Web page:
Best Regards,

I can't say that this clarifies anything but at least it's not "CCAA has decided to suspend all international adoptions at this time." That's something, right?!? It's so weird that they're still not saying for sure that April has been excluded this month. It's also weird that CCAI can't pick up the phone and ask them, "Dudes, what's the 411? Hook me up with some facts and figures, baby." After all, I don't speak Chinese, but the people at CCAI do. Clearly life is full of little mysteries that are not for me to question.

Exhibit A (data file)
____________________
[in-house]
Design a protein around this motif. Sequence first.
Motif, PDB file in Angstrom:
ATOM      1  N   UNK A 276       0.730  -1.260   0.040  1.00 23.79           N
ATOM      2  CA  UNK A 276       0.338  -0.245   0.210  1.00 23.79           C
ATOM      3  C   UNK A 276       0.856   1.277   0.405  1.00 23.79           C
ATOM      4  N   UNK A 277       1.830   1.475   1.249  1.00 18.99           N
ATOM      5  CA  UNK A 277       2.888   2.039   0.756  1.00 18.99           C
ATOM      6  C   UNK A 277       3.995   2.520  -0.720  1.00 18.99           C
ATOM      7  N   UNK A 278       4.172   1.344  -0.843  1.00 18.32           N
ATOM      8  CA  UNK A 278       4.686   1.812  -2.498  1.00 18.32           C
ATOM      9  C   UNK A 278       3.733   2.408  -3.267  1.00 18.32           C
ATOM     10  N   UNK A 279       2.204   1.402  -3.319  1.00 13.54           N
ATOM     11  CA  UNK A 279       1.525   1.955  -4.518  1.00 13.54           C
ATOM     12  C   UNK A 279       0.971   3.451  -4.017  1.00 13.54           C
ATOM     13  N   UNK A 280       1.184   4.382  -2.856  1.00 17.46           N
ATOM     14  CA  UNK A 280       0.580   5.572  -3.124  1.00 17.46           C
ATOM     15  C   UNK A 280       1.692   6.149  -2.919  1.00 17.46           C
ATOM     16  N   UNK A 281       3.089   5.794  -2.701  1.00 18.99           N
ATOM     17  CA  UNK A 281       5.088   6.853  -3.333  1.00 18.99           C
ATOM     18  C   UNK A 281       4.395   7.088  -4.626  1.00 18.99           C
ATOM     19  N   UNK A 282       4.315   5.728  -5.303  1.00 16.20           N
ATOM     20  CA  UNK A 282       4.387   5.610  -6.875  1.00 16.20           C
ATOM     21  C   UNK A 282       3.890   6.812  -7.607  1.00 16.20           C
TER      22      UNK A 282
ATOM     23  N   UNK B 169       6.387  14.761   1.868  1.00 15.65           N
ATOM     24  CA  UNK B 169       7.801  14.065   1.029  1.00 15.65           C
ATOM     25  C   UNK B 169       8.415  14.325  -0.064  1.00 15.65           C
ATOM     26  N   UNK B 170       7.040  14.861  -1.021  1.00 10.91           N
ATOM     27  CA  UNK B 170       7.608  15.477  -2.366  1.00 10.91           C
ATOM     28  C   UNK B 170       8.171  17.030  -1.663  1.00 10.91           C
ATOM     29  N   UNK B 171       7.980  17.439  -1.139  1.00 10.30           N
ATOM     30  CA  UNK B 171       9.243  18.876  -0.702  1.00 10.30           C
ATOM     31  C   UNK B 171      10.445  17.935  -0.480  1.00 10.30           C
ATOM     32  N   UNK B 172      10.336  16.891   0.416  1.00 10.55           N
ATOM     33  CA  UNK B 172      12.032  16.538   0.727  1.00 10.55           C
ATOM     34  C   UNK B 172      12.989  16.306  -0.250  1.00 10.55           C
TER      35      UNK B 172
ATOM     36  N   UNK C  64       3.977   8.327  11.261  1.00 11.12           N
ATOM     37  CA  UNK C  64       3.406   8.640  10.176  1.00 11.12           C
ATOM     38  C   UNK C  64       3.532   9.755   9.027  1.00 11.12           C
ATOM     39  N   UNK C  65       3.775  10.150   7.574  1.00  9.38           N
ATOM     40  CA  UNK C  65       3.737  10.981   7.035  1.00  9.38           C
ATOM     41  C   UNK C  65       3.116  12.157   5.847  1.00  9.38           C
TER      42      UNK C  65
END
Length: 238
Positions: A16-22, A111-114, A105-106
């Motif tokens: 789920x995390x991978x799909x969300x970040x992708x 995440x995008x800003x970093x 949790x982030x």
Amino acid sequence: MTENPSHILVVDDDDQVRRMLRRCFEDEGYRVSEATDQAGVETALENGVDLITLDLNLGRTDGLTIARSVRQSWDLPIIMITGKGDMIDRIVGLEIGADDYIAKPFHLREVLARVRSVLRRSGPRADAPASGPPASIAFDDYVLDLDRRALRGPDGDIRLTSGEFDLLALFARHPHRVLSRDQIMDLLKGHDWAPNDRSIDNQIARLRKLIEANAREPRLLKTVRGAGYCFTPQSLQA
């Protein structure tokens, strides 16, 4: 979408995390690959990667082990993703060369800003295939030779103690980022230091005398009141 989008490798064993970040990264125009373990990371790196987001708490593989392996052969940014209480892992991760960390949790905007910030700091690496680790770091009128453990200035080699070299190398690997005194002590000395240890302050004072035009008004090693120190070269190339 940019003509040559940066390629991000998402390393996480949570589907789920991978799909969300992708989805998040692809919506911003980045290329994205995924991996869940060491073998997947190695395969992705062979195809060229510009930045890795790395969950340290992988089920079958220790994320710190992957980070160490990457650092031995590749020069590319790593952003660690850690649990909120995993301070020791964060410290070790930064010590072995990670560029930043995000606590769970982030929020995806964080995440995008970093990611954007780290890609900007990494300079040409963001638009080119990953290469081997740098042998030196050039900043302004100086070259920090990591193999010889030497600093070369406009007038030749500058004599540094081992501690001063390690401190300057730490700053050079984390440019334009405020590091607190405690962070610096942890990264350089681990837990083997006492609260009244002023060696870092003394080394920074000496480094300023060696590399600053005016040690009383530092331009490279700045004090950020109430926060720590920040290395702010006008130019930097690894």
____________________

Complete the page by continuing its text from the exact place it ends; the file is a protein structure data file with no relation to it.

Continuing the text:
Right now two very polite men are making a great deal of noise outside the office door with a giant, springy, red hose thingo that is pumping insulation into our attic. It's no mystery why they're doing this, however; we hired them to bring us from an R8 to an R30, for which SDG&E will give us a rebate! That's not the real reason, though: we're hoping that the temperature in here will not fluctuate 20 degrees during the course of a single day once there's something forming a barrier between the roof and us. That is our hope. And that's all we've got. ;)